The eight-minute-long collage of spliced videos from both black culture and his personal life, including footage of Blue Ivy, who raps on the album. Members of the Bey Hive are vexed by Jay-Z's focus on his infidelity and are questioning both his contrition and the potential aspersions it could cast on Beyoncé.
Let's examine why the Bey Hive may feel particularly ambivalent by Jay-Z's music. For many Beyoncé stans, there's the sense that 4:44 takes away the thematic anger and empowerment from Lemonade.
Beyoncé's music has always been highly personal in nature, and has followed the evolution of her life from a member of Destiny's Child to a single woman to mother and wife. Her themes have always been consistent: dominion over her own universe while still propping up those around her. She's always unapologetically herself while revelling in the love she feels for whatever role she's undertaking. With Lemonade, in particular, she turns her husband's infidelity into a reason to highlight other black women, showing us that there is much more power in formation than in pain.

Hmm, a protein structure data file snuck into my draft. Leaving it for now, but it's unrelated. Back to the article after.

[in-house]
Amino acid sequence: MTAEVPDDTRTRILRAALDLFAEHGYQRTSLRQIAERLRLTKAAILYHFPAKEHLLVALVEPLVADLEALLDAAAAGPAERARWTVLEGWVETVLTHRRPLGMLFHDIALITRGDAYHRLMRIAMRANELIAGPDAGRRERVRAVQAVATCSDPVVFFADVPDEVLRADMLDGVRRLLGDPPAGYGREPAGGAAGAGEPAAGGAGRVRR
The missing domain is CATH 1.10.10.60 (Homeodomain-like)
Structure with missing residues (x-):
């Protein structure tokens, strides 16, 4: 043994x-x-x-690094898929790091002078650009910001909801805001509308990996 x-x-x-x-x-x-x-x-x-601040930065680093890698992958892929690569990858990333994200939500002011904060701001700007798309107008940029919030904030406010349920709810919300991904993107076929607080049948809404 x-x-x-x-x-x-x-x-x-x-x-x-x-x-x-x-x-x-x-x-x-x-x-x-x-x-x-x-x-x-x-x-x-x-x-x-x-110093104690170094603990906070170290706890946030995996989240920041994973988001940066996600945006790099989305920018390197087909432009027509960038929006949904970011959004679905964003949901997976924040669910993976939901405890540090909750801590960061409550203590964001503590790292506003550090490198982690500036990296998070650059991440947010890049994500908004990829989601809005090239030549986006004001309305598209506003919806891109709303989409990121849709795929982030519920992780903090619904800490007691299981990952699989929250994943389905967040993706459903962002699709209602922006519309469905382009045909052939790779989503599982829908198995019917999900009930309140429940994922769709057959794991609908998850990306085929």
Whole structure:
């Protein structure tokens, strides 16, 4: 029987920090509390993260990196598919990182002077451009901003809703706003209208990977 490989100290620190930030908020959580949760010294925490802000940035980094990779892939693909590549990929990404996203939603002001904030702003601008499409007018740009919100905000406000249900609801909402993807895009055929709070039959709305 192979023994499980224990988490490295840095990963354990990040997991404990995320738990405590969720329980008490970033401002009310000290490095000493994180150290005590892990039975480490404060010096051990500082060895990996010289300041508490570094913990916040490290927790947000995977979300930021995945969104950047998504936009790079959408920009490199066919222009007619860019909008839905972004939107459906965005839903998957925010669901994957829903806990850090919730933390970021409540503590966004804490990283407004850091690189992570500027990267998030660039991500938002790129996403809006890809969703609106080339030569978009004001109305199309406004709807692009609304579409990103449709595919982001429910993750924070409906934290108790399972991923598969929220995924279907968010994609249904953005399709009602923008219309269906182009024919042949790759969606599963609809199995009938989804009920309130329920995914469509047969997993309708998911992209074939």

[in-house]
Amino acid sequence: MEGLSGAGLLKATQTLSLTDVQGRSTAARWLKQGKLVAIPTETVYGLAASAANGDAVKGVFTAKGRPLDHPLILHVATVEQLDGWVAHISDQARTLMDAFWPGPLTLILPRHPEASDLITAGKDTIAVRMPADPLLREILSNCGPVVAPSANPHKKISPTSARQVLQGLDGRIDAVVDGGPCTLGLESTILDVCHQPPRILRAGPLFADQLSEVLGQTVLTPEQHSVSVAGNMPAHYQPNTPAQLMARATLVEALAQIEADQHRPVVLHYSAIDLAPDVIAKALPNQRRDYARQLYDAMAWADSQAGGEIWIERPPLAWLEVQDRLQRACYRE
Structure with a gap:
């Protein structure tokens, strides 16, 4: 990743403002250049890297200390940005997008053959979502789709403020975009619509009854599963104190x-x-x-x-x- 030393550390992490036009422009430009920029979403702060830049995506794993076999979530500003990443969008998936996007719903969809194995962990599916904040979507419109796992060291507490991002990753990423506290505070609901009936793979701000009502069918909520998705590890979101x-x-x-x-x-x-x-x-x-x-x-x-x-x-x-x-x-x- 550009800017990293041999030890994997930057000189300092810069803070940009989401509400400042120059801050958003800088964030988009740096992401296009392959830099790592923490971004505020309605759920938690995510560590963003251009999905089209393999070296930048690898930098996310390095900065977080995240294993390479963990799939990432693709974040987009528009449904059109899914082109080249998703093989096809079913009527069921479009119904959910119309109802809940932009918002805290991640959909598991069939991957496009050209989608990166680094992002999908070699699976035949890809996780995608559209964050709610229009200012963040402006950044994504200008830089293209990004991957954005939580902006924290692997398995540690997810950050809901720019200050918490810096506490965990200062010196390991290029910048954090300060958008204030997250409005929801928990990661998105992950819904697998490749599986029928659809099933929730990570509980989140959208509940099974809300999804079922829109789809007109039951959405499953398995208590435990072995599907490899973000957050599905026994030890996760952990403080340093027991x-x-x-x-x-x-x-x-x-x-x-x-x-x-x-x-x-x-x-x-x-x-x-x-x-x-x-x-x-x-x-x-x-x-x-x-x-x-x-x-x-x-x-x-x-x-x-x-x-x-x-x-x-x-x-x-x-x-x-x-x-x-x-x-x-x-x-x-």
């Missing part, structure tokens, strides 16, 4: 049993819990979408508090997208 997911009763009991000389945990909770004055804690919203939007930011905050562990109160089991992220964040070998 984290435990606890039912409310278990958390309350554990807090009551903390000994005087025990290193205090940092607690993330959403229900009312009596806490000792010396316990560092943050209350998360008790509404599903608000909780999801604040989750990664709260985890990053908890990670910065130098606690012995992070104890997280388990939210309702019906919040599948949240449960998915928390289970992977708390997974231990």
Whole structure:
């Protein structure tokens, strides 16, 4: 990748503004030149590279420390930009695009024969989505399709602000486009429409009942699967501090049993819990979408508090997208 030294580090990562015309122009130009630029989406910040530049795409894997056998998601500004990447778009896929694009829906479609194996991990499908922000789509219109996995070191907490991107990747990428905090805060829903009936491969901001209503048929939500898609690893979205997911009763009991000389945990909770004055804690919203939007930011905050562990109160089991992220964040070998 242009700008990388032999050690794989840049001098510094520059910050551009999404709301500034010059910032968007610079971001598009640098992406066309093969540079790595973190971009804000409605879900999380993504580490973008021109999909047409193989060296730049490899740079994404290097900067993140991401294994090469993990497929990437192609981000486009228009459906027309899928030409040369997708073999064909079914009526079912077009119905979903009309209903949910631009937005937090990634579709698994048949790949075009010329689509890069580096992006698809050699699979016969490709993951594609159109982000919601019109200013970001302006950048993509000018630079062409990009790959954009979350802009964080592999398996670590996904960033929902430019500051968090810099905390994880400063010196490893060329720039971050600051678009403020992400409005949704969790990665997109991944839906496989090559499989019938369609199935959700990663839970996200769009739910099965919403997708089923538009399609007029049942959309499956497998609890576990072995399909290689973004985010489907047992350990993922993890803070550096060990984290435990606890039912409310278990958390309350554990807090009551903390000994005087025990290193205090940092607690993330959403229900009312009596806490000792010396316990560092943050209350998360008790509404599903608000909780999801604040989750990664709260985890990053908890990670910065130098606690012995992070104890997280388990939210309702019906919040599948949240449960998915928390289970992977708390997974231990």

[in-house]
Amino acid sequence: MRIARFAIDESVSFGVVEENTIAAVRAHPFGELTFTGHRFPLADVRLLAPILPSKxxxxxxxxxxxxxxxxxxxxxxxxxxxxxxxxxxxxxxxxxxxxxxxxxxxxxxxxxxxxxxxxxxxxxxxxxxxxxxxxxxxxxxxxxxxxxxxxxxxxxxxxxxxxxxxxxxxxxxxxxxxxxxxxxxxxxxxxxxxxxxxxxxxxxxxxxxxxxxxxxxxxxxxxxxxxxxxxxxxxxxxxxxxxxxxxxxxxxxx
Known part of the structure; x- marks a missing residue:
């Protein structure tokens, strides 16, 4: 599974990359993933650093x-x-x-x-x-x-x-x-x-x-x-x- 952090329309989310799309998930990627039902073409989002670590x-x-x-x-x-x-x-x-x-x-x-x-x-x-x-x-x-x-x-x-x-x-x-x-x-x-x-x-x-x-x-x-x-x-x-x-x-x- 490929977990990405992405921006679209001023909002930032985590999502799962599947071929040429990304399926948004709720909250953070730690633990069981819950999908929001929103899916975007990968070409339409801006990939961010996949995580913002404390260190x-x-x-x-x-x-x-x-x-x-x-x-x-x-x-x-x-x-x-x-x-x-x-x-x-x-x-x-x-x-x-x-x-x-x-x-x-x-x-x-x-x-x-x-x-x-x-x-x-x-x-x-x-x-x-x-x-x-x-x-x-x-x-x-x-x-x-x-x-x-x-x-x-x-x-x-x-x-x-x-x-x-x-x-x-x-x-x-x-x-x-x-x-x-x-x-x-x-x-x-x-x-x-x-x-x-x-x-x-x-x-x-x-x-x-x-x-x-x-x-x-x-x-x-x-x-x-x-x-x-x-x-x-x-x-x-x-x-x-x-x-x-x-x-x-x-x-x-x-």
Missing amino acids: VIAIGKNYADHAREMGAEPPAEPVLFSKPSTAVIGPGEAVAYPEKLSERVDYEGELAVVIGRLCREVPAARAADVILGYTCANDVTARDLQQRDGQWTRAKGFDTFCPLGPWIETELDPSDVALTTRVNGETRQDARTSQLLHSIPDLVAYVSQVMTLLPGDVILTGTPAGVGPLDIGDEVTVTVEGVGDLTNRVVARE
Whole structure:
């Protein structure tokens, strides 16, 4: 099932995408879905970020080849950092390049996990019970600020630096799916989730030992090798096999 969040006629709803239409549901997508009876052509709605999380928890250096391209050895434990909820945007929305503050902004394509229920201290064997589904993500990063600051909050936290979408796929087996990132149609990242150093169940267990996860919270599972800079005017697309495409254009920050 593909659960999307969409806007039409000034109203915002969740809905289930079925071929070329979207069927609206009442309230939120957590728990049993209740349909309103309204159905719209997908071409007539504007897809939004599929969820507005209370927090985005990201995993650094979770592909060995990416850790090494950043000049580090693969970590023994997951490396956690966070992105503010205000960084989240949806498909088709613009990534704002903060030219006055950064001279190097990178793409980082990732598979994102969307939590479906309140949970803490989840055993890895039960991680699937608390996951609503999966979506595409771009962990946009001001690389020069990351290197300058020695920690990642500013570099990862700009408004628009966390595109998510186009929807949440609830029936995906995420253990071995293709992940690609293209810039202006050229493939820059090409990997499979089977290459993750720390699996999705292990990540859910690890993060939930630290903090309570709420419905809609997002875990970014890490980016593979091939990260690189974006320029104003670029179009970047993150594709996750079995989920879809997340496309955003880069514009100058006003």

Jay-Z, meanwhile, is undercutting Beyoncé's themes by taking away that agency. She already worked through that very difficult time in their marriage, and did so by appealing to her own personal strength and most importantly, the strength of those around her. By removing that context in 4:44, it could be argued that Jay-Z is making this about himself. Jay-Z wouldn't have needed to apologise had he not cheated on his wife in the first place.
You can watch the video below, but at the moment it is only viewable if you have a Tidal account.
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